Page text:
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Title: Family Pride

Author: Mary J. Holmes

Storyline: The widowed Mrs. Lucy Lennox returns to her Revolutionary war era home in the bay state town of rural Silverton where she was raised by her steady clergyman uncle, Deacon Ephram Barlow, her diligent aunt Hannah, and maiden-lady cousin, Miss Betsy. Lucy brings with her two daughters, Katy and Helen. Bright young thing Katy has caught the eye of her staid cousin Dr. Morris Grant. Grant wrote to Katy while at medical school in Paris, and upon his return to Silverton, paid for Katy's finishing school at Canandaigua Seminary. But wait, home from the seminary, Katy is now off on a grand tour of Boston and Montreal with Mrs. Woodhull and party! Will Morris be able to make his move and capture the heart of cousin Katy before she is lost to eastern society? Order your vintage copy of bestselling author Mary Jane Holmes' Family Pride and see if it all ends happily.

Copyright: unstated, c.1904

Publisher: Grosset & Dunlap, New York

Format: Red cloth-bound hardcover with applied photo plate to front cover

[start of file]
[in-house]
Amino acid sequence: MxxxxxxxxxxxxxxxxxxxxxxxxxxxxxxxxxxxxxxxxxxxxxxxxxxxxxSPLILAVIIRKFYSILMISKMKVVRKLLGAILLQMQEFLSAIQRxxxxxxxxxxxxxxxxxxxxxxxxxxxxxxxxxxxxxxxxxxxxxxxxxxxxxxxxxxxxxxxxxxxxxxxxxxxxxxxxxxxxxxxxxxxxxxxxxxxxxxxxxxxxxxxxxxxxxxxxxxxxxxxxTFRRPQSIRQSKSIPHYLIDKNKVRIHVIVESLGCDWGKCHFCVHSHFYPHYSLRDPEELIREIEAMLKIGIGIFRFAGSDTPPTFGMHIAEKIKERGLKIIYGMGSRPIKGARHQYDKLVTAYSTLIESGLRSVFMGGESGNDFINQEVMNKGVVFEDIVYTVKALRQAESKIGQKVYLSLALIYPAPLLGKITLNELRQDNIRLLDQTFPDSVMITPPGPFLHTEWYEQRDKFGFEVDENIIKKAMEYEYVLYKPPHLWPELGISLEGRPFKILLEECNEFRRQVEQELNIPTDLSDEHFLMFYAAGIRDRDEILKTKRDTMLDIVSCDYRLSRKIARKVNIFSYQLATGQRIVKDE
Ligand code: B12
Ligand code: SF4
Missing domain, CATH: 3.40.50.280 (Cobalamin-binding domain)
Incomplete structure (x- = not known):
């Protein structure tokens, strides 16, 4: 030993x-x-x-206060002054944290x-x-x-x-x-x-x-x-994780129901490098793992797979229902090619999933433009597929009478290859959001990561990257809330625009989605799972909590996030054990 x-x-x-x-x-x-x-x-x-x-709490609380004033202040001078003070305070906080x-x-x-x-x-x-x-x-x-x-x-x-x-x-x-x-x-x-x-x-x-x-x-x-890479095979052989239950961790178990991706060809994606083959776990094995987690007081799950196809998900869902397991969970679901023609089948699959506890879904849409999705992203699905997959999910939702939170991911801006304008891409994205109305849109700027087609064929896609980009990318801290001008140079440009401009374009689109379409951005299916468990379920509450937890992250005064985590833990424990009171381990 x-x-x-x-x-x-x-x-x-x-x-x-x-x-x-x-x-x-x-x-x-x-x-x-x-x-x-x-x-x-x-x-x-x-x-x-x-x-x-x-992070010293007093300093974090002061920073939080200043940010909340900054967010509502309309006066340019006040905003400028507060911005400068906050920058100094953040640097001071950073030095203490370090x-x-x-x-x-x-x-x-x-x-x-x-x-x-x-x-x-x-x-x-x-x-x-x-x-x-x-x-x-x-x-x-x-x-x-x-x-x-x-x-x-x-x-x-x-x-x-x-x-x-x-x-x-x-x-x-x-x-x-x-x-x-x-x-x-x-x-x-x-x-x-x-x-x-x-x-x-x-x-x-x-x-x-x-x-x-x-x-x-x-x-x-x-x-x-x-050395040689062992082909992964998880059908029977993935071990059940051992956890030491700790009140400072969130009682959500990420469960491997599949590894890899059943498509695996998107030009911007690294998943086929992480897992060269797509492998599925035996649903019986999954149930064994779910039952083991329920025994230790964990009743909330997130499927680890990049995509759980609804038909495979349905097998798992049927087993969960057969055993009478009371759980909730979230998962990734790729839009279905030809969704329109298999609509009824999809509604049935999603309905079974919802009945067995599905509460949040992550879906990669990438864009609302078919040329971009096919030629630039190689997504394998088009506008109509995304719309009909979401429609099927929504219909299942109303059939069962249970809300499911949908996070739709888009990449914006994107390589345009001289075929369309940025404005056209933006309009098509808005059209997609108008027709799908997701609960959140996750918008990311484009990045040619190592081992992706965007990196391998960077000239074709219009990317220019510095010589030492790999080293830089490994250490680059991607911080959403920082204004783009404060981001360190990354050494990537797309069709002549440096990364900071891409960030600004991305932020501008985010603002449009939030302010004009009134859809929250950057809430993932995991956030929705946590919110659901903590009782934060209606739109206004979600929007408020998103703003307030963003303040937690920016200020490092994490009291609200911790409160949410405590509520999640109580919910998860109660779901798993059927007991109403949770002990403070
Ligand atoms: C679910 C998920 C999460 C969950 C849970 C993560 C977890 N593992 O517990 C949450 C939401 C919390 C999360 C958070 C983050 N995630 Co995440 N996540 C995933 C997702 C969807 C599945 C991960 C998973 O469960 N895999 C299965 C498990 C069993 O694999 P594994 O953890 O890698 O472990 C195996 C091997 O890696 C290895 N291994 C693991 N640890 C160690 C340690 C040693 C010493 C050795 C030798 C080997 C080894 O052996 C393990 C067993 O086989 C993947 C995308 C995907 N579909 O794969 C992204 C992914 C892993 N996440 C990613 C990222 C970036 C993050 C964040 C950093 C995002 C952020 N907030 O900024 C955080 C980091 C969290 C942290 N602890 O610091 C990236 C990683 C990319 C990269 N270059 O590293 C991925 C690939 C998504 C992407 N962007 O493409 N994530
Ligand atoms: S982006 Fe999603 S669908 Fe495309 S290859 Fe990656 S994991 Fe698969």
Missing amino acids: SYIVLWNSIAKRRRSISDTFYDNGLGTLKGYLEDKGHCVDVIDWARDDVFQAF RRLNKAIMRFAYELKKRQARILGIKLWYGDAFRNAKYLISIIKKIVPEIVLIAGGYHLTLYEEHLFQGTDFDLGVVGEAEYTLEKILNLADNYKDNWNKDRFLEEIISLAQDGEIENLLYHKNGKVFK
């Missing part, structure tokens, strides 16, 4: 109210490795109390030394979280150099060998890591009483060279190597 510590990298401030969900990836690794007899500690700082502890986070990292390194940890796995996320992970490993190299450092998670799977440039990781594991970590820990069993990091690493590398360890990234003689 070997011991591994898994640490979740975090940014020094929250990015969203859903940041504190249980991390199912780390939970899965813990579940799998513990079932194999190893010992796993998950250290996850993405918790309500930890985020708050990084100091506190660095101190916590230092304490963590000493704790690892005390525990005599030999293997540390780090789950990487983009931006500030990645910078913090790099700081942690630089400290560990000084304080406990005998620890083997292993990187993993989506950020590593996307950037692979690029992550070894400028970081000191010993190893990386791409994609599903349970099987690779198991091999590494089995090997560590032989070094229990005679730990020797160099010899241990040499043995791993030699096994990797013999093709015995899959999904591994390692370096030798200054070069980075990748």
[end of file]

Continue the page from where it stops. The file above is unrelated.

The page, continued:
Page Count: 320

Author Biography:

Holmes, Mary J. (b.1825-d.1907) Born Hawes in Massachusetts, to a large middle-class family that encouraged learning among their children, both boys and girls. At the early age of 13, she taught school and began to write. She married Daniel Holmes, a Yale graduate, and resided in Kentucky Bluegrass region before the Civil War, until she finally settled in Brockport, NY, where her husband went to study law. She used her experiences down south as the subject of a number of her novels. Although her work was not given serious critical attention from the literary establishment in her time (an old boys club), she sold millions of copies, and was second only to Harriet Beecher Stowe as a best-selling female author. Her books have recently been re-evaluated for their direct treatment of race, class, gender and slavery.